# Correlation: Relationship between Variables

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Correlation: Relationship between Variables

Statistical Relationships versus Deterministic Relationships
Deterministic: if we know the value of one variable, we can determine the value of the other exactly. e.g. relationship between volume and weight of water. Statistical: natural variability exists in both measurements. Useful for describing what happens to a population or aggregate.

Measuring Strength Through Correlation
A Linear Relationship Correlation (or the Pearson product-moment correlation or the correlation coefficient) represented by the letter r: Indicator of how closely the values fall to a straight line. Measures linear relationships only; that is, it measures how close the individual points in a scatterplot are to a straight line.

Features of the Correlation Coefficient
It indicates the strength of the relationship and whether there is a positive or negative relationship. The correlation coefficient is a number between -1 and 1. A positive correlation indicates that the variables increase together. A negative correlation indicates that as one variable increases, the other decreases. Correlation of +1/-1 indicates a perfect linear positive/negative relationship between the two variables; as one increases, the other increases/decreases at a constant rate (a deterministic linear relationship).

Features of the Correlation Coefficient
Correlation of zero could indicate no linear relationship between the two variables, or that the best straight line through the data on a scatterplot is exactly horizontal. The closer the correlation is to 1 or -1, the stronger the relationship. The closer it is to 0, the weaker the relationship. Crude estimate: > |.5|? most likely a relationship < |.3|? correlation essentially non-existent |.3| < r < |.5|? gray area! Correlations are unaffected if the units of measurement are changed. For example, the correlation between weight and height remains the same regardless of whether height is expressed in inches, feet or millimeters (as long as it isn’t rounded off).

What to discuss? To discuss the relationships between two variables we look at: Statistical Significance Strength of Correlation

Statistical Significance
A relationship is statistically significant if that relationship is stronger than 95% of the relationships we would expect to see just by chance.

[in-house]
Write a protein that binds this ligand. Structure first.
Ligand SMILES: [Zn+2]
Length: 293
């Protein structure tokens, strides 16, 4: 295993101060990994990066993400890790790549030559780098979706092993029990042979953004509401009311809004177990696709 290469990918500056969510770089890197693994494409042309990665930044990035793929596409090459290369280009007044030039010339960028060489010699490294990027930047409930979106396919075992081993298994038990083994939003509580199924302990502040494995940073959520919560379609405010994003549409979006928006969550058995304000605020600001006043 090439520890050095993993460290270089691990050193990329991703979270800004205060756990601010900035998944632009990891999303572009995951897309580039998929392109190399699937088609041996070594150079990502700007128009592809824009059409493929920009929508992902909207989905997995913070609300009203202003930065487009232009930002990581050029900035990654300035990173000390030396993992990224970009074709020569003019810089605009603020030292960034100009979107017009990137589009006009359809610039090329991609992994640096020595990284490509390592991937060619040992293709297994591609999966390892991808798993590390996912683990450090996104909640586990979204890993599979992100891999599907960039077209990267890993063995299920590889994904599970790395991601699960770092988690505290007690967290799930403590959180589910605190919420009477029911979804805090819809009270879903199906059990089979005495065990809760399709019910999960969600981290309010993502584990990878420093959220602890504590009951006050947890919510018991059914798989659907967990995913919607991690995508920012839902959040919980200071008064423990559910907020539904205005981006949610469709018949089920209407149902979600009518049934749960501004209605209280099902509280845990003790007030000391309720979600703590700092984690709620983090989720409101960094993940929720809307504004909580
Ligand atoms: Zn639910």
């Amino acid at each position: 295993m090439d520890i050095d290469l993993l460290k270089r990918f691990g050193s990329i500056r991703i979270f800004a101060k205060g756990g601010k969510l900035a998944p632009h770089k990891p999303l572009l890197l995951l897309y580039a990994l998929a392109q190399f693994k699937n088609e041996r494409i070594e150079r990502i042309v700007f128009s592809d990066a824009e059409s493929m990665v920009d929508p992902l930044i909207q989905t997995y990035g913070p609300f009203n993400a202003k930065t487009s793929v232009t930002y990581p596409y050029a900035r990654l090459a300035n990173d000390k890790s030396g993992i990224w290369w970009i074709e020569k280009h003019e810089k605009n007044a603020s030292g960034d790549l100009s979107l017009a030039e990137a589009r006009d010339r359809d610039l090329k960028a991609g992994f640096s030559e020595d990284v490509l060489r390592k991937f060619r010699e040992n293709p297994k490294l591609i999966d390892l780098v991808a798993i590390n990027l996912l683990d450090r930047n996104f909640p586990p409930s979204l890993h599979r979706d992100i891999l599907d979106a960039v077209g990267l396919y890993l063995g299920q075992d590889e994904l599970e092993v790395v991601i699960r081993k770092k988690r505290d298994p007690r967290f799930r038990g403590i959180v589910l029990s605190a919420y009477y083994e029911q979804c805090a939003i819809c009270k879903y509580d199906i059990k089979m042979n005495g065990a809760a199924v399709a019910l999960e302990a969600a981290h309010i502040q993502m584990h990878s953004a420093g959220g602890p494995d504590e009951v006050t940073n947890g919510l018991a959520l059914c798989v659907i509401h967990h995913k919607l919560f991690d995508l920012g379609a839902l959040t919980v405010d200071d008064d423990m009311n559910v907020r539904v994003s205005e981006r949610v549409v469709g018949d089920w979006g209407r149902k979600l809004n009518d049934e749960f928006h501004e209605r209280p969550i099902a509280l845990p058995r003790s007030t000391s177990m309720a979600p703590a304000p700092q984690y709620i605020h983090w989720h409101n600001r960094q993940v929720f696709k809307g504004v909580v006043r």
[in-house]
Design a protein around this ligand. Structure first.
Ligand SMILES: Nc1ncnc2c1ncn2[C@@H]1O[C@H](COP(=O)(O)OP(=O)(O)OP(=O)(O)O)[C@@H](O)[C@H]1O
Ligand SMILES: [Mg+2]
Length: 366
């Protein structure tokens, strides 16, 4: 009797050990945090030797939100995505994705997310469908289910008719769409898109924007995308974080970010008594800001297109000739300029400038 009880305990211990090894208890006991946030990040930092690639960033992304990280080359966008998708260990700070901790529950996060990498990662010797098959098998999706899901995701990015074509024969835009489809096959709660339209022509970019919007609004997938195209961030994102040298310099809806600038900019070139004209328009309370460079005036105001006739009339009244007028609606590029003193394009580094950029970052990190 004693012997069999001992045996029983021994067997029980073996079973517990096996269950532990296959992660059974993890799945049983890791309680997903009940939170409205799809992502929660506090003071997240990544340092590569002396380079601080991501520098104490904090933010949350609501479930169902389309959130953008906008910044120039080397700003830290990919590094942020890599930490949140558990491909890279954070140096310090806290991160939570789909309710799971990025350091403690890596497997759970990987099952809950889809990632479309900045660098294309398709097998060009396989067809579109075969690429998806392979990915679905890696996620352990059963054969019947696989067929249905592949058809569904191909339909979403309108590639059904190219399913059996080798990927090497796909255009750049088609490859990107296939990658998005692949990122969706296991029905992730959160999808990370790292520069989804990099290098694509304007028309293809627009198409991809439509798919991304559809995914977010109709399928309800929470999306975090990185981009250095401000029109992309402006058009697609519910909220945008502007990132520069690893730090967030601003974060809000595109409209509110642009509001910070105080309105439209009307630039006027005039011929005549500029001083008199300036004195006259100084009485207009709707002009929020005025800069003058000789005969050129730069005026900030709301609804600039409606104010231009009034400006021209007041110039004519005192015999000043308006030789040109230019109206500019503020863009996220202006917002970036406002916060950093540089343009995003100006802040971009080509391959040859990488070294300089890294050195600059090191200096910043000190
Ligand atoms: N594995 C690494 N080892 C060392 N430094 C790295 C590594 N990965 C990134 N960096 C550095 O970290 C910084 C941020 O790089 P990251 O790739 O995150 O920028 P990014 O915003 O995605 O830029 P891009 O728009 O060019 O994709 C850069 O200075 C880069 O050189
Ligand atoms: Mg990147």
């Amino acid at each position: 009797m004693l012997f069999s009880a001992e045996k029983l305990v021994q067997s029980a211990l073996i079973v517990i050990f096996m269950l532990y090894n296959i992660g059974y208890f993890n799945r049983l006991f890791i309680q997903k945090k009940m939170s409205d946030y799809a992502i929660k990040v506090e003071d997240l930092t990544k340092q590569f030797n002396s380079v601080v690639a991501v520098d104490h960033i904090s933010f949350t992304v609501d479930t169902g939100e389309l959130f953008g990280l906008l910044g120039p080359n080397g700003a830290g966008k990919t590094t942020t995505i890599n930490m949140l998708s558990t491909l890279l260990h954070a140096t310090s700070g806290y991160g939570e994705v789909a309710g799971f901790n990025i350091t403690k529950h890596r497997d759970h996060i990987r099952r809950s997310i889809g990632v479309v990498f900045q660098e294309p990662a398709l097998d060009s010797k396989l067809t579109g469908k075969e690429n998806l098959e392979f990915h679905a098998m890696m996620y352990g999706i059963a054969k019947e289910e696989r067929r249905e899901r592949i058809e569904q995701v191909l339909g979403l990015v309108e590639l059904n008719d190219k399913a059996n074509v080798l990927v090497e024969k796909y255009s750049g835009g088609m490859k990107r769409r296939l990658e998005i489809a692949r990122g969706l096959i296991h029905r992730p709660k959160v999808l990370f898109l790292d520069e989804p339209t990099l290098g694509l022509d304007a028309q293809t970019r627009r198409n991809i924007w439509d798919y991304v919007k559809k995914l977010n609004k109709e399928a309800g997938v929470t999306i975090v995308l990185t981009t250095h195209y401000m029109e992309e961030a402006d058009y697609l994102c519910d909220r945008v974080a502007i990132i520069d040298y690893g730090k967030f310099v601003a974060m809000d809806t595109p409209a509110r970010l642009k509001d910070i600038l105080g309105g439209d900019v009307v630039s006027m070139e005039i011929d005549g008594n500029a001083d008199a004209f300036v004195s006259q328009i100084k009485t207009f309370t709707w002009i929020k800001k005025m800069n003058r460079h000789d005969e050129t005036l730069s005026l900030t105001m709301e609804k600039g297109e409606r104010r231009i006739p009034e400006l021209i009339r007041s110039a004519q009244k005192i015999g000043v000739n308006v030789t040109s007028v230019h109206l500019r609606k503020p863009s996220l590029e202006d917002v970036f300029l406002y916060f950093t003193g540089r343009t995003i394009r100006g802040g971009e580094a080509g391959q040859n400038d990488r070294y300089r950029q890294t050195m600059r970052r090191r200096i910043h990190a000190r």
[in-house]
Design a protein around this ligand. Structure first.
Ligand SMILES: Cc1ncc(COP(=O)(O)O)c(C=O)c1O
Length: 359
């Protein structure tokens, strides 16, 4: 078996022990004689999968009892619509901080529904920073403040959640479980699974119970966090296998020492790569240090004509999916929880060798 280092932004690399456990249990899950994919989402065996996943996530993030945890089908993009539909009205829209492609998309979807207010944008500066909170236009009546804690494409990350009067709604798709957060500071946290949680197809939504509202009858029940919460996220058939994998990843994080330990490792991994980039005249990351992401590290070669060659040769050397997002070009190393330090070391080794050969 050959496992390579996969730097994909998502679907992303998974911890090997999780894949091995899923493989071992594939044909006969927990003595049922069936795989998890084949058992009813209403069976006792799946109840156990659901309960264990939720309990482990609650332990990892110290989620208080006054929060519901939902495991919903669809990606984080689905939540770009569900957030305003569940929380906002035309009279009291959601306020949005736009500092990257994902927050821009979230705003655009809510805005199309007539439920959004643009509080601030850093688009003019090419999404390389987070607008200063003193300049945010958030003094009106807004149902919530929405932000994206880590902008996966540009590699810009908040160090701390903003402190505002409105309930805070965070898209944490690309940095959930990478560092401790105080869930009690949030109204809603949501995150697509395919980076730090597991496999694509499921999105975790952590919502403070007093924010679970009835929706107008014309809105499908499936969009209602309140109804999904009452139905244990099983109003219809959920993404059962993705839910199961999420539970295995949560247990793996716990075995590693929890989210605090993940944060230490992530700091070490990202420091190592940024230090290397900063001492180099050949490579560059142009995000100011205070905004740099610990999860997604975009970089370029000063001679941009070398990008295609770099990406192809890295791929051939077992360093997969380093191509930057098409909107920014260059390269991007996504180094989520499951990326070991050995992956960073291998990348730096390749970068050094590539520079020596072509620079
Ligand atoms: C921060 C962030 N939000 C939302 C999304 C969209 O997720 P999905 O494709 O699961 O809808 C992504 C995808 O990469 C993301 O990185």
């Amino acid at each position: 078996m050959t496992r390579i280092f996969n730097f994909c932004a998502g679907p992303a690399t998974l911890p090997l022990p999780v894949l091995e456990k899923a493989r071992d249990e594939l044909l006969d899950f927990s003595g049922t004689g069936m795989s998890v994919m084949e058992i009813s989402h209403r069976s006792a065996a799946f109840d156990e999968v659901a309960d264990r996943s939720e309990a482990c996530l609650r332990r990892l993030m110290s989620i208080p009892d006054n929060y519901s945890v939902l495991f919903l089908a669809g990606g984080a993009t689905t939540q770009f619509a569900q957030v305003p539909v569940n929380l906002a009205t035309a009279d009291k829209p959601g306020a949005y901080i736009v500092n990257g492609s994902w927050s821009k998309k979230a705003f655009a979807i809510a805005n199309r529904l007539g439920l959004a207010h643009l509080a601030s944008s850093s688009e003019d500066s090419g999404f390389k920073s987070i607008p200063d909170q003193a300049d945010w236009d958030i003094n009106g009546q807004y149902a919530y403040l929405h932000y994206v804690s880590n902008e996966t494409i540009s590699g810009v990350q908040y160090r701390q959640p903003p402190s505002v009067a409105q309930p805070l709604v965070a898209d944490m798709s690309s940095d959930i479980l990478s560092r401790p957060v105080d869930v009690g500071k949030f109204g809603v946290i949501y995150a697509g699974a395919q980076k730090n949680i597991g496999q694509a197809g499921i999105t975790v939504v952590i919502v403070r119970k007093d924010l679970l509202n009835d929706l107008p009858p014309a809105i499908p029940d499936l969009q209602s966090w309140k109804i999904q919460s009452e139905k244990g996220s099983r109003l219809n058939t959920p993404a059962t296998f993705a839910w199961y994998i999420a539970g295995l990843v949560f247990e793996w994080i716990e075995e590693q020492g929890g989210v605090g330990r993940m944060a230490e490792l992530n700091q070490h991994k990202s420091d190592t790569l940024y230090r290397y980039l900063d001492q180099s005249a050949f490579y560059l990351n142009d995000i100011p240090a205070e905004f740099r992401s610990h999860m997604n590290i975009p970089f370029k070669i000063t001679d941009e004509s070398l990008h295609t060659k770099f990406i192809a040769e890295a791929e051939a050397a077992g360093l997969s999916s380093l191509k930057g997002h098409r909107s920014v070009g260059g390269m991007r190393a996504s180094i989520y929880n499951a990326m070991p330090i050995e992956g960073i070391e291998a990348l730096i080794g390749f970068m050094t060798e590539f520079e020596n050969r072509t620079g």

Statistical Significance
What r value is statistically significant? It depends on the size of the sample. The following table indicates the lowest r value that would indicate a statistically significant relationship for a given sample size. A more complete table is in the Excel file. Critical Values for the Correlation Coefficient  Number of Points 95% Confidence 3 0.997 4 0.950 5 0.878 6 0.811 7 0.754 8 0.707 9 0.666 10 0.632 11 0.602 12 0.576 13 0.553 14 0.532 15 0.514 16 0.497 17 0.482 18 0.468 19 0.456 20 0.444

Even a minor relationship will achieve “statistical significance” if the sample is very large. A very strong relationship won’t necessarily achieve “statistical significance” if the sample is very small.

Example - Verbal SAT and GPA
Scatterplot of GPA and verbal SAT score. The correlation coefficient is .485, indicating a moderate positive relationship. Higher verbal SAT scores tend to indicate higher GPAs as well, but the relationship is nowhere close to being exact.

Example - Husbands’ and Wifes’ Ages and Heights
Scatterplot of British husbands’ and wives’ heights (in millimeters); r = .36 Scatterplot of British wives’ and husbands’ and ages; r = .94 Discuss the strength of the relationships. Are they positively or negatively correlated?

Example - Occupational Prestige and Suicide Rates
Plot of suicide rate versus occupational prestige for 36 occupations. Correlation of There is a weak positive relationship If outlier removed r drops to .018.

Statistical Relationships
What is the difference between correlation and regression? Correlation: measures the strength of a relationship between two measurement variables. Regression: uses the equation of the trendline to predict one measurement variable from another.